Years ago, Reed Hastings predicted that the migration from traditional broadcast to streaming would happen at an annual rate of six percent.
This was at odds with both supporters and proponents of streaming formats. Streaming bulls adhered to the Silicon Valley myth that TV was already falling apart due to a “massive wave of cord cutting.”
Yet most brands continued to pour money into traditional linear as it was still the only way for them to reach and create emotional connections with tens of millions of consumers at once.
TV Goes Digital
Turns out Hastings' prediction was pretty accurate. As more viewers turn to streaming or “connected TV" (CTV for short) they are finding a much broader array of options, from subscription apps to free ad-supported streaming TV (FAST) apps.
This presents a tricky situation for marketers who have difficulty straddling both CTV and linear TV. While both formats are valuable, particularly when used in tandem, the pathways to buy, plan, and measure across both platforms can be hard to navigate.
Part of the problem is the question of responsibility. The structural systems set up even three years ago on the buy and sell side include digital teams, TV teams and offshoots like advanced TV. Now, this bifurcation has resulted in imaginary fences and organizational obstacles to work through.
We hear it from brands all the time — they just want a cohesive, holistic TV investment strategy. Not a complicated terrain that pigeon holes them, or excuses why they can’t have the widest reach AND the smartest audience buying strategy.
Fortunately, there’s a solution on the horizon that will allow advertisers to take advantage of both streaming and linear TV without fragmentation — the smart TV.
The Smart TV Revolution
Smart TV penetration is expected to reach 70% of TV households by the end of 2021.
And this rapid adoption of smart TVs presents a huge opportunity to unify the entire landscape to one where all TV will be connected. At its core, this means every ad will be a CTV ad — with all the targeting, tracking, and optimizing promises across linear, broadcast, apps, AVOD services, you name it.
That’s right, every ad that hits the glass of a connected TV can and will be addressable.
This will be a win-win-win for everyone. Consumers will get a more customized experience. Advertisers will see better performance on their campaigns. Programmers will be able to deliver a more personalized approach to consumers that generates more engagement.
What’s It Going to Take?
Nearly everyone in the ad industry is bullish on a future where TV advertising is this dynamic, where software makes selling more efficient, and where algorithms deliver ads with the same kind of precision we enjoy on Instagram.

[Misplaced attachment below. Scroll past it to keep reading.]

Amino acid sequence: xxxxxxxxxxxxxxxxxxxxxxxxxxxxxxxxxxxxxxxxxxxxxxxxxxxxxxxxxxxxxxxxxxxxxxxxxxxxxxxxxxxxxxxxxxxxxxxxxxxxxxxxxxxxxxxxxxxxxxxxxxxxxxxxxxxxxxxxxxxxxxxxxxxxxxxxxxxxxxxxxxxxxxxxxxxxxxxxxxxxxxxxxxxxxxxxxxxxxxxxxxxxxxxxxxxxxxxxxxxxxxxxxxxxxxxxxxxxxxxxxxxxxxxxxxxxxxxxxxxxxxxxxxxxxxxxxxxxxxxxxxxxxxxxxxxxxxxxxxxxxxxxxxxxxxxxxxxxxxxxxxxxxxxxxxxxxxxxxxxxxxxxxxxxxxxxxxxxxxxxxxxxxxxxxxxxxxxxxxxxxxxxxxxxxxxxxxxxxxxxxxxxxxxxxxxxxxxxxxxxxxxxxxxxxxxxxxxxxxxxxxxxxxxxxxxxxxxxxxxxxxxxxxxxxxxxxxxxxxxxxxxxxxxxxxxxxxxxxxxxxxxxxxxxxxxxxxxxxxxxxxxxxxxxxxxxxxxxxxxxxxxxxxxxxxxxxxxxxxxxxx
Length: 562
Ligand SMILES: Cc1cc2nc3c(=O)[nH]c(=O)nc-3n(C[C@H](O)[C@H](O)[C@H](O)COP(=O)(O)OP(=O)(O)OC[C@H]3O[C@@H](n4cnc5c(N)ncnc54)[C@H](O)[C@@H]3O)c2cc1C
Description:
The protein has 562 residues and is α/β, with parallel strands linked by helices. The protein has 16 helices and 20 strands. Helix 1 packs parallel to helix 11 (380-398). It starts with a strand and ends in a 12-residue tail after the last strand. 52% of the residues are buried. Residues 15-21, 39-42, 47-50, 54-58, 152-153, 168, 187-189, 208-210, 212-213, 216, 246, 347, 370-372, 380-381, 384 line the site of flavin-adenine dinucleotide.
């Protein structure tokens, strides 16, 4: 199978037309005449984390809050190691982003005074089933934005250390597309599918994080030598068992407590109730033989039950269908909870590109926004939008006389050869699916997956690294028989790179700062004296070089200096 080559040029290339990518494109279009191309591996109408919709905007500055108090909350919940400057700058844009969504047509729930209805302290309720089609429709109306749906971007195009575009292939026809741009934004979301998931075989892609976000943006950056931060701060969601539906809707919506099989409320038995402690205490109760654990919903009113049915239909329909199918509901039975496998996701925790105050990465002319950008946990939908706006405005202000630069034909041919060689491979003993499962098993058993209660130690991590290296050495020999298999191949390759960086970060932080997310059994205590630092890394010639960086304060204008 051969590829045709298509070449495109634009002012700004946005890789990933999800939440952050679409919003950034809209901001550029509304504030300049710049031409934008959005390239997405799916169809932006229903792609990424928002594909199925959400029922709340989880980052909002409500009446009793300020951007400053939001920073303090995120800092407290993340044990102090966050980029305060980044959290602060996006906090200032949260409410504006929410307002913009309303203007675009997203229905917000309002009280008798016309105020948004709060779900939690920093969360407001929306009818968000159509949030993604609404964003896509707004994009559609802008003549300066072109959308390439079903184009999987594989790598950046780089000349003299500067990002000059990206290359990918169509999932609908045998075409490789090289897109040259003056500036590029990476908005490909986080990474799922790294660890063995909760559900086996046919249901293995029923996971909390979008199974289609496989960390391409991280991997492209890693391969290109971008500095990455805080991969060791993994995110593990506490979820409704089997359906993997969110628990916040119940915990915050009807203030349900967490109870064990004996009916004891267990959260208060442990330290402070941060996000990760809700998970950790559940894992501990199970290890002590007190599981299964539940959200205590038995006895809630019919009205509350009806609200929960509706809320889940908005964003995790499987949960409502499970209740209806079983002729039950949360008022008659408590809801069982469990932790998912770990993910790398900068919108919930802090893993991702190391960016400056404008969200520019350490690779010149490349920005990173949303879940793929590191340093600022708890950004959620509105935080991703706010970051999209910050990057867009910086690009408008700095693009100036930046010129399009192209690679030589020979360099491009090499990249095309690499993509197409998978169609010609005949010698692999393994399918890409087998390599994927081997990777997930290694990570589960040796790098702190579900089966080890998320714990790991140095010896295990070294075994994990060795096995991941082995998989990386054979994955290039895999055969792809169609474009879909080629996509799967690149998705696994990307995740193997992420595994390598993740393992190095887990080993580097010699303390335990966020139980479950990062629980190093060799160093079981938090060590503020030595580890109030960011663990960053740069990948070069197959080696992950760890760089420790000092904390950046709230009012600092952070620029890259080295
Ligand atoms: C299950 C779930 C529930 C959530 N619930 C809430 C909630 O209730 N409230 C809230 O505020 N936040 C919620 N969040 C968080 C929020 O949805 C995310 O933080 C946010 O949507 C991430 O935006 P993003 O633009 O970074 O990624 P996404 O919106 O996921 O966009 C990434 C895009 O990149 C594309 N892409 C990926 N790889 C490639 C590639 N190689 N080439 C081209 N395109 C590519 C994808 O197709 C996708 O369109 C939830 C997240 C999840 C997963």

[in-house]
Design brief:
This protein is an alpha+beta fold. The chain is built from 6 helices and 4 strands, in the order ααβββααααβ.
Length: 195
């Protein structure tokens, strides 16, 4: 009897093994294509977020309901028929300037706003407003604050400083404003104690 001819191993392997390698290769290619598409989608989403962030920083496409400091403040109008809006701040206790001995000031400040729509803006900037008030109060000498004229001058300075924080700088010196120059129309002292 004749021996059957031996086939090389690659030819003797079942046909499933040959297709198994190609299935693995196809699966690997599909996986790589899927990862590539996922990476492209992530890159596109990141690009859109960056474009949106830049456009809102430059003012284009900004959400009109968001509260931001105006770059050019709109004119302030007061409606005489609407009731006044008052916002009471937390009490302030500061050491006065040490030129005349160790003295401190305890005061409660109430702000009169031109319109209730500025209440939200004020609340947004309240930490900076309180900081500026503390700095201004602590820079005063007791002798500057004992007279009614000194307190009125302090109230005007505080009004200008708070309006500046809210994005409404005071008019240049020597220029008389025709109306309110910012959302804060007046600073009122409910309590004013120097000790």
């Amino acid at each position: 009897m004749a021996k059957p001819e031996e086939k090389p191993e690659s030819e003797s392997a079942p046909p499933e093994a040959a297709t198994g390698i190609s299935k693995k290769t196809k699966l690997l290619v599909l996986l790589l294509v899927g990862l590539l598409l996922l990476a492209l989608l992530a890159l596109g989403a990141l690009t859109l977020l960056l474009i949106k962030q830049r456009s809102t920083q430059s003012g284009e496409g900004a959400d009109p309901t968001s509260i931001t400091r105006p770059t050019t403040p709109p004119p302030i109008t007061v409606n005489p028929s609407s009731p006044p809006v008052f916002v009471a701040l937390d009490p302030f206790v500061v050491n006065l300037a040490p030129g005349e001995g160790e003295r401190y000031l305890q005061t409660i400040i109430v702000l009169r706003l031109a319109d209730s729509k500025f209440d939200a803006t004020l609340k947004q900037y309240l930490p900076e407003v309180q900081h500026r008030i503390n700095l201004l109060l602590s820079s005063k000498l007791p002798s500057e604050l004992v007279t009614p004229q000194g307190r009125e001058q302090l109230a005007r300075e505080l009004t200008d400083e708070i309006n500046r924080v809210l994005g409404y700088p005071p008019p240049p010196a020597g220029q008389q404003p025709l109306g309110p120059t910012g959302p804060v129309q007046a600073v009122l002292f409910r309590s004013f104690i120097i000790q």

But there’s a reason addressable TV has never gotten much past a $3 billion category, despite the promise. It’s clunky, opaque, and designed only for experts.
Advertisers like simple, fluid, and liquid markets. After all, anybody can buy ads on Facebook or Google, which is a big reason why anybody and everybody does.
But the technology to solve this is already here. We really can't use the "clunky" excuse anymore. With the rise of smart TVs, pretty much every form of television viewing is now connected to the internet, whether a person is "streaming" or not. And with ACR technology, companies can actually "see" when ad breaks are coming and swap out ads with something more targeted.
Yet media owners remain at best cautious, and at worst reluctant, to commit fully to the format. This is somewhat understandable, for two reasons. First, many are still stinging from the commoditization of their inventory shortly after they first leaned into automation for the programmatic display market. Now we’re talking about higher CPMs for the most impactful advertising medium there is, where they already have infrastructure built and content deployed.
Second, and perhaps more impactful, is that no common currency for measuring effectiveness of advertising across screens and platforms. Sure, it’s all measurable. But cross-platform benchmarks and standards are needed to provide the proper context.
But the CTV infrastructure is already maturing rapidly, with solutions for things like creative versioning and deduplication already in place. Media owners have also seen what a data driven approach does for consumers who get more value from data driven platforms — Netflix, Facebook, Spotify, Amazon all have data driven backbones.
Of course, nothing lights a fire like brands demanding change. I’m confident that as big marketers get a taste of what CTV can really offer, and how it will improve their business, they’ll keep pushing for more.
And all TV will just become CTV. ■
Travis Hockersmith is VP of Platform+ at Vizio. As VP of Platform+, he currently leads operations for Vizio's rapidly growing platform business which includes Vizio Ads and Inscape.
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